Albert Moore, Attorney at Law

What Kinds Of Alternative Resolution Methods Are There For Community Association Disputes?

Probably the most important alternative dispute resolution method that is available is the least talked about and that is negotiations. So when a problem pops up and the owner and the association cannot agree on a resolution, then the job of the counsel for both the association and for the owner is to try and resolve that before it goes any further. So an alternative dispute resolution that is always available is to negotiate a settlement with the other side. Having said that, there are some statutory requirements and associations for alternative dispute resolutions, in fact, there is a section in one of the statutes that just covers alternative dispute resolution for community associations and those include mediation. For homeowners association there are certain disputes that must be mediated so it’s mandatory before one side or the other can file suit but there is also voluntary mediation.

At any point, both parties can agree to mediate the matter. In mediation for those that don’t know, you have a third party, a disinterested party that is trained to try and bring parties together to a resolution. They try and work out a settlement where the parties can’t do so just between themselves. It’s not binding, the mediator doesn’t have the authority to make a settlement and tries to bring the parties together. Also too, even if you have a situation where there is not voluntary mediation and the parties still agree to a mediation, a judge once the matter is filed in court and the lawsuit is filed, a judge certainly has the authority to say, you know what, you guys need to mediate this before this case goes any further and see if you can work it out.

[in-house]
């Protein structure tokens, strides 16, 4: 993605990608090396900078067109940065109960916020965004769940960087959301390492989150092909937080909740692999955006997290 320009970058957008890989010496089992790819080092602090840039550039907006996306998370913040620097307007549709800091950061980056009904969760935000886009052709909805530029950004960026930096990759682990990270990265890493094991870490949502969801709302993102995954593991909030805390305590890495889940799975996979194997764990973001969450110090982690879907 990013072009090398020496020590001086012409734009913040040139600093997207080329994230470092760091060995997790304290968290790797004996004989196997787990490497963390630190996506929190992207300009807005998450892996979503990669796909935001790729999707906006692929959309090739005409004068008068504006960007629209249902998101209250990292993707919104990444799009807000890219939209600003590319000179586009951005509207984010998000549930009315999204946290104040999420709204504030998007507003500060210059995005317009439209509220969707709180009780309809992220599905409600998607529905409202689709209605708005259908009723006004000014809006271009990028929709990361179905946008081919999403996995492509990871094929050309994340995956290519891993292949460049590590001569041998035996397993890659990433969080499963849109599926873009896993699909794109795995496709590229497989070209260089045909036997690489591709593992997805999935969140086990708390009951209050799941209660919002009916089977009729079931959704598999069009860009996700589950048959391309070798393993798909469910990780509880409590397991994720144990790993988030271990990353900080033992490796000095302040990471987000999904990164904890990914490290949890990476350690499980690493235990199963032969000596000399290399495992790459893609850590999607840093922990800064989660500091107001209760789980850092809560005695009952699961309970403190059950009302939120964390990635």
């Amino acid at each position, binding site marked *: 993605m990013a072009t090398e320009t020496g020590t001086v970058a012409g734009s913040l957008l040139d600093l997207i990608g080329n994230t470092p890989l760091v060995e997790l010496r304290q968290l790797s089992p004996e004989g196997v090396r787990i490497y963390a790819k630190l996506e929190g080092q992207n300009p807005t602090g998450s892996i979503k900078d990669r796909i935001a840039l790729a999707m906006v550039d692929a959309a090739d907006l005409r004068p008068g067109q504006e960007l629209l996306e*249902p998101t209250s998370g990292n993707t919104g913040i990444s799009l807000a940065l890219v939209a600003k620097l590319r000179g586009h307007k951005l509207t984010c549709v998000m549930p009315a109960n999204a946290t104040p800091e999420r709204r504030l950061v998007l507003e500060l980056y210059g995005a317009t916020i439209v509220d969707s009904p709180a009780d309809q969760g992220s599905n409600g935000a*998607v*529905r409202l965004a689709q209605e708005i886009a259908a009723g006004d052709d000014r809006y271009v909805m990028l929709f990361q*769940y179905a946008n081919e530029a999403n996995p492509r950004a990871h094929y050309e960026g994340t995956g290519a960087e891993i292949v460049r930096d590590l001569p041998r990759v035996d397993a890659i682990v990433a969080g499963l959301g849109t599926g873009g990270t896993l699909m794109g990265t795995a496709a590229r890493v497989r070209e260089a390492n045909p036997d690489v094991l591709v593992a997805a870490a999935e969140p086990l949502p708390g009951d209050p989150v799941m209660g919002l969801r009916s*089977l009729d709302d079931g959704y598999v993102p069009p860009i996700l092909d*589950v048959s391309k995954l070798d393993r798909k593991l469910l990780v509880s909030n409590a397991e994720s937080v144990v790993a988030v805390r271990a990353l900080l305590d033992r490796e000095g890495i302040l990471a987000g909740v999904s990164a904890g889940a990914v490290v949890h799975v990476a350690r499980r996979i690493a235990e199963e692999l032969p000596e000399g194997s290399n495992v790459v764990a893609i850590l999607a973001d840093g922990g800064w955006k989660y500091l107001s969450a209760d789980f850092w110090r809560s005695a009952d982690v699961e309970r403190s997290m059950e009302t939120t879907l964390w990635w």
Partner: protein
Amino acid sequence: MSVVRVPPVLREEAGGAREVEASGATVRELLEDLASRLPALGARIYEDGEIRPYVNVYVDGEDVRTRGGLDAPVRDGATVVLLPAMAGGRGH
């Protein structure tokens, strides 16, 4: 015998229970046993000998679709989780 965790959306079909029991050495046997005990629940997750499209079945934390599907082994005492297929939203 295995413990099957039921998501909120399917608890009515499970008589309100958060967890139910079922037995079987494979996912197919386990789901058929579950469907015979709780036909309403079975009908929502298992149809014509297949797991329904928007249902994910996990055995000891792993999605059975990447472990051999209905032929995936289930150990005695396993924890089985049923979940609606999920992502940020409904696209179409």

The other alternative dispute resolution method that is out there is arbitration and specifically for condominiums there are certain matters that must be sent up to the state of Florida and there are arbitrators that are assigned and arbitrators make a decision after hearing from both the owner and the association. Typically the decision of the arbitrator, which is a person that does have the authority to actually make a decision. The decision usually is non-binding. However, after a period of time elapses, if the losing party in the arbitration does not file suit then that arbitration decision becomes binding. We talked about voluntary participation in mediation, most people do not voluntarily participate in an arbitration. That usually has to be done by statute.

The reason is that it is really close to litigation and it is much more formal than mediation and you have somebody with the actual power to make a decision and to also cost more money than typically mediation does. So arbitration is usually done because the statute requires it and usually that applies to condominium associations.

For more information on Alternative Dispute Resolution Methods, an initial consultation is your next best step. Get the information and legal answers you are seeking by calling (772) 242-3600 today.

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